Thursday, 31 July 2014
Video of sailing around Bass Rock yesterday
Flush with our triumph from yesterday's sailing from Port Edgar, Edinburgh to the picturesque harbour of Eyemouth, the crew of the good ship Alexandria thought the World needed to see proof of their exploits, so there is a link to a video I have just posted.
The conditions were reasonably challenging with a strong following sea which had a marked swell. The boat loves to surf, although this demands extra vigilance from the helmsman (Mark W who performed magnificently), especially when combined with strong winds which started at around 20 knots and at their peak exceeded 30 with one gust of 35 knots. Punchy stuff. We started under full gennaker, which is the very large sail, and reefed it at 27 knots apparent and then reefed the main sail at 29 knots. Both sails had been eased and centred respectively beforehand, so it was not as reckless as it might appear. Nonetheless, the boat was under a lot of load as were its crew, and both performed amazingly. We were certainly attentive to swell, wind, surfing and gusts, but it was great fun. We were the only boat out the whole day, often travelling at around 9 or 10 knots through the water, and for a brief period recorded 12 knots. For those of you who don't understand the speed, think of a fast car and add a zero to our speed, so the image of 100 or 120 mph on a roadof changing terrain should spring to mind. Even when we reefed both sails, we were still pushing along at nearly 8knots with no tide under us to speak of.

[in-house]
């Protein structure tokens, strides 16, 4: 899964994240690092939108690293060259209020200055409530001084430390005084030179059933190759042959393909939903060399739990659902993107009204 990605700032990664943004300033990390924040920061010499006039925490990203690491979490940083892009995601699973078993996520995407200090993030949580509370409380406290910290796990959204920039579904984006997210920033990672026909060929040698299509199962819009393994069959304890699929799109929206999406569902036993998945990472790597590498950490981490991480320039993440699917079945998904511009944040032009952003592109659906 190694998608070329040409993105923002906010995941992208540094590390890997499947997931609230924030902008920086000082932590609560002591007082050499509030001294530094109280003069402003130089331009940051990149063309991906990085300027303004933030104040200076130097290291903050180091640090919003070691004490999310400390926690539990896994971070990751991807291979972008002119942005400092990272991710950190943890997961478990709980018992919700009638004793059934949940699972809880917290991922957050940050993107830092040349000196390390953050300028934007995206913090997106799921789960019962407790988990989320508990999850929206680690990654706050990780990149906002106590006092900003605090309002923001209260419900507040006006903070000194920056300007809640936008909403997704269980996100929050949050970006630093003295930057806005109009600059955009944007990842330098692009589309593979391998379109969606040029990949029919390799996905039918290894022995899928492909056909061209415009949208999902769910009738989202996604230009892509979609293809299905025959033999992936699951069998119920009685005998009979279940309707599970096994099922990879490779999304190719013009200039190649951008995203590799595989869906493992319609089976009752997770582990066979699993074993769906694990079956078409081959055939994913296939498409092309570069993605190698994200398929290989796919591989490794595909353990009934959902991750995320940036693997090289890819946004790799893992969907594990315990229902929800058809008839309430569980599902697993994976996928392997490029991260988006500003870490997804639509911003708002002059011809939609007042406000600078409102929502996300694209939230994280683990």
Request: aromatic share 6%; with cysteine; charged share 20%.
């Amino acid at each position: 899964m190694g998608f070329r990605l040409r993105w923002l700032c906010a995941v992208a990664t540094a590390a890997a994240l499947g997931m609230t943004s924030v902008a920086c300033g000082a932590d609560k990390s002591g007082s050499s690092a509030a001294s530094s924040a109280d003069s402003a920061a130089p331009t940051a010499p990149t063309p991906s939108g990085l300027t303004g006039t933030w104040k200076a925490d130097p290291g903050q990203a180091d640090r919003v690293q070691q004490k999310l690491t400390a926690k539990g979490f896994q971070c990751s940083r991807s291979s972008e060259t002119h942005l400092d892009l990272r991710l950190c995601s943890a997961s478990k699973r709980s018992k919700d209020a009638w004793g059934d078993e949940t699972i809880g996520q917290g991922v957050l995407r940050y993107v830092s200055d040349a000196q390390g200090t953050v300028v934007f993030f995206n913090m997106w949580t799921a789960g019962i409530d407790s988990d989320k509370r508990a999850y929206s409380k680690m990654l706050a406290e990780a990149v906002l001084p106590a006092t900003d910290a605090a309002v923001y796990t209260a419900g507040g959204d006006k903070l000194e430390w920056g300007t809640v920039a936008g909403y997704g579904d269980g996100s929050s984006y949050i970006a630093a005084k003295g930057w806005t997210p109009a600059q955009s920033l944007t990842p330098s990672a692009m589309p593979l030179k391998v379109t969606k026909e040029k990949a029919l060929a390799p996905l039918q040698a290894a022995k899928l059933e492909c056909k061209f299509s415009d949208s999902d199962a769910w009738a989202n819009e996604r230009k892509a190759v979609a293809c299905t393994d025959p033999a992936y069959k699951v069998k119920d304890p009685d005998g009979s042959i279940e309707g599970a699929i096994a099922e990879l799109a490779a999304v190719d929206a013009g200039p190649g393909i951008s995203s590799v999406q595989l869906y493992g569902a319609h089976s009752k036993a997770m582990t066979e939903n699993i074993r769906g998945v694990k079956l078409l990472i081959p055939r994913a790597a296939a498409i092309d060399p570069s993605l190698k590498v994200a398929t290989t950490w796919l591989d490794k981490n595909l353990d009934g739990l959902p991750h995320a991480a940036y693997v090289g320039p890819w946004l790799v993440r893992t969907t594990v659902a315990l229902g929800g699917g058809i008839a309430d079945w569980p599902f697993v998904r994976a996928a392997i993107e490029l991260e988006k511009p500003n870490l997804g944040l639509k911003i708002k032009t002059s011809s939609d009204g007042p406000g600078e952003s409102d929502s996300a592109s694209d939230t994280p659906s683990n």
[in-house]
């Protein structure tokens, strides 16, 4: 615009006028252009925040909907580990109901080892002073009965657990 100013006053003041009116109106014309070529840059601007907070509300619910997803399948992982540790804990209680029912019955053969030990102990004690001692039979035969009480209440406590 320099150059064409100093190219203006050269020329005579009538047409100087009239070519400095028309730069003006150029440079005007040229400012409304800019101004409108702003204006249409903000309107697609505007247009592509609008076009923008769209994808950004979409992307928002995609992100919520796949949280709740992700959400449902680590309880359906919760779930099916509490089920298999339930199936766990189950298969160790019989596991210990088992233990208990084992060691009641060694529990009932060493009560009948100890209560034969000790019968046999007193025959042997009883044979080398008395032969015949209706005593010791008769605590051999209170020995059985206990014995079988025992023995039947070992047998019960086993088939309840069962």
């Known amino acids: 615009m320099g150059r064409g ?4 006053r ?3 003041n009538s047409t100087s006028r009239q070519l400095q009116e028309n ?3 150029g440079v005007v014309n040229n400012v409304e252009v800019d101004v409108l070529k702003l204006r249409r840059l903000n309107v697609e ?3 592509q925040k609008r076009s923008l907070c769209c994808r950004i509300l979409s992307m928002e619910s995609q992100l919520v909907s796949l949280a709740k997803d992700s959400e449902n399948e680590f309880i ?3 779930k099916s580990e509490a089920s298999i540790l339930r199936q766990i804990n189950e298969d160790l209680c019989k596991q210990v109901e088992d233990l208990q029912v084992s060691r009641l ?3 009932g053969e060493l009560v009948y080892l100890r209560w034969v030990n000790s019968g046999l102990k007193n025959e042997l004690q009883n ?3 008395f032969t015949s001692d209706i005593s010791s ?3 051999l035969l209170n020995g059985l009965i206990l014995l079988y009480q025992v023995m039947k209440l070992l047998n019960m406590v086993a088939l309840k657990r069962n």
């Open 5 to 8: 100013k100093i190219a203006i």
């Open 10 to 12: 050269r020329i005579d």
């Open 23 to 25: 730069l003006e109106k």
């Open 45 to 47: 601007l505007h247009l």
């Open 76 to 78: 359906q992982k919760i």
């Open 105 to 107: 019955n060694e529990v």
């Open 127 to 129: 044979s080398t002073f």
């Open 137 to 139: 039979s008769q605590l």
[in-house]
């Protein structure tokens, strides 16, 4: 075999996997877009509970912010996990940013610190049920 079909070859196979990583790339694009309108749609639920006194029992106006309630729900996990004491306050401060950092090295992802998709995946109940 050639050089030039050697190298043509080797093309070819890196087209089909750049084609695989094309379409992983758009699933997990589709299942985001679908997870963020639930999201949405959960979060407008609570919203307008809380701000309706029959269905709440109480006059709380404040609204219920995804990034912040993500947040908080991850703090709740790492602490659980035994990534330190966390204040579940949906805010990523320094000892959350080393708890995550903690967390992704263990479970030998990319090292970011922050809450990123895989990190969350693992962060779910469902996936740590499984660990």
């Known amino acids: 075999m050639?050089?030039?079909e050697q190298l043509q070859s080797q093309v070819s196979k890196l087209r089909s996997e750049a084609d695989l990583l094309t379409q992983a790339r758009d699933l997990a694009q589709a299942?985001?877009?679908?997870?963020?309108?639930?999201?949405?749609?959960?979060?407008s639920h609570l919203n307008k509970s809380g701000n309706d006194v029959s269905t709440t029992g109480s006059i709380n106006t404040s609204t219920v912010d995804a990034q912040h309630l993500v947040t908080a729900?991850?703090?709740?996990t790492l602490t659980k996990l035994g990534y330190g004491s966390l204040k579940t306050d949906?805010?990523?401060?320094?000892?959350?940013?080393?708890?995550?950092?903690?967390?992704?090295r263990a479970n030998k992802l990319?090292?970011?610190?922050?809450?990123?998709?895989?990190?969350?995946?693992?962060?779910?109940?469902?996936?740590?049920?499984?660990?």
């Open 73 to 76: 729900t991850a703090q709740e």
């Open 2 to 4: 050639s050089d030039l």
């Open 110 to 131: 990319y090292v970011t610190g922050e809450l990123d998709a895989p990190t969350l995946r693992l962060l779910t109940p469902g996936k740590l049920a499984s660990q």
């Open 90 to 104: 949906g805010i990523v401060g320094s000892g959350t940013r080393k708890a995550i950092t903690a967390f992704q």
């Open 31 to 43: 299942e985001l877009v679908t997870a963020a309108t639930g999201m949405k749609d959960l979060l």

The entrance into Eyemouth is quite challenging with a narrow set of leading daymarks which become clear at the last moment, and one has to sail down the line, missing a very close reef, and into a canyon created by the two vast harbour walls. We were, as we work the tides, at low water. Then, into the inner harbour after permission to enter. A very pretty harbour indeed.
I was struck as always with how friendly people were, even when firmly acquainting me with the unfairness of sundry Scottish military defeats. Clearly ahead of the referendum, their minds are filled with the inequities of the fourteenth century, rather than the future powers of Scotland. My thoughts were rather more prosaic and were connected with getting AC power to the boat!
So, bass rock is (according to Wikipedia):
"a steep-sided volcanic rock, 107 metres (351 ft) at its highest point, and is home to a large colony of gannets. The rock is currently uninhabited, but historically has been settled by an early Christian hermit, and later was the site of an important castle, which was, after the Commonwealth, used as a prison. The island was in the ownership of the Lauder family for almost six centuries, and now belongs to Sir Hew Hamilton-Dalrymple. The Bass Rock Lighthouse was constructed on the rock in 1902, and the remains of a chapel are located there."
It's also huge, dramatic and awe inspiring and there is a vast colony of gannets circling around and plunging and dive bombing the fish below.
And so, Matthew, Mark W and I are off to have lunch at anchor in Lindisfarne this morning about four hours down the coast, then onto Amble where they leave and where Ian and Jonty are welcomed aboard.
PS. We have just past Berwick and hence the administrative border and are now back in England. The photo shows Mark W pointing the way, and Matthew saluting as our Scottish saltire is taken down.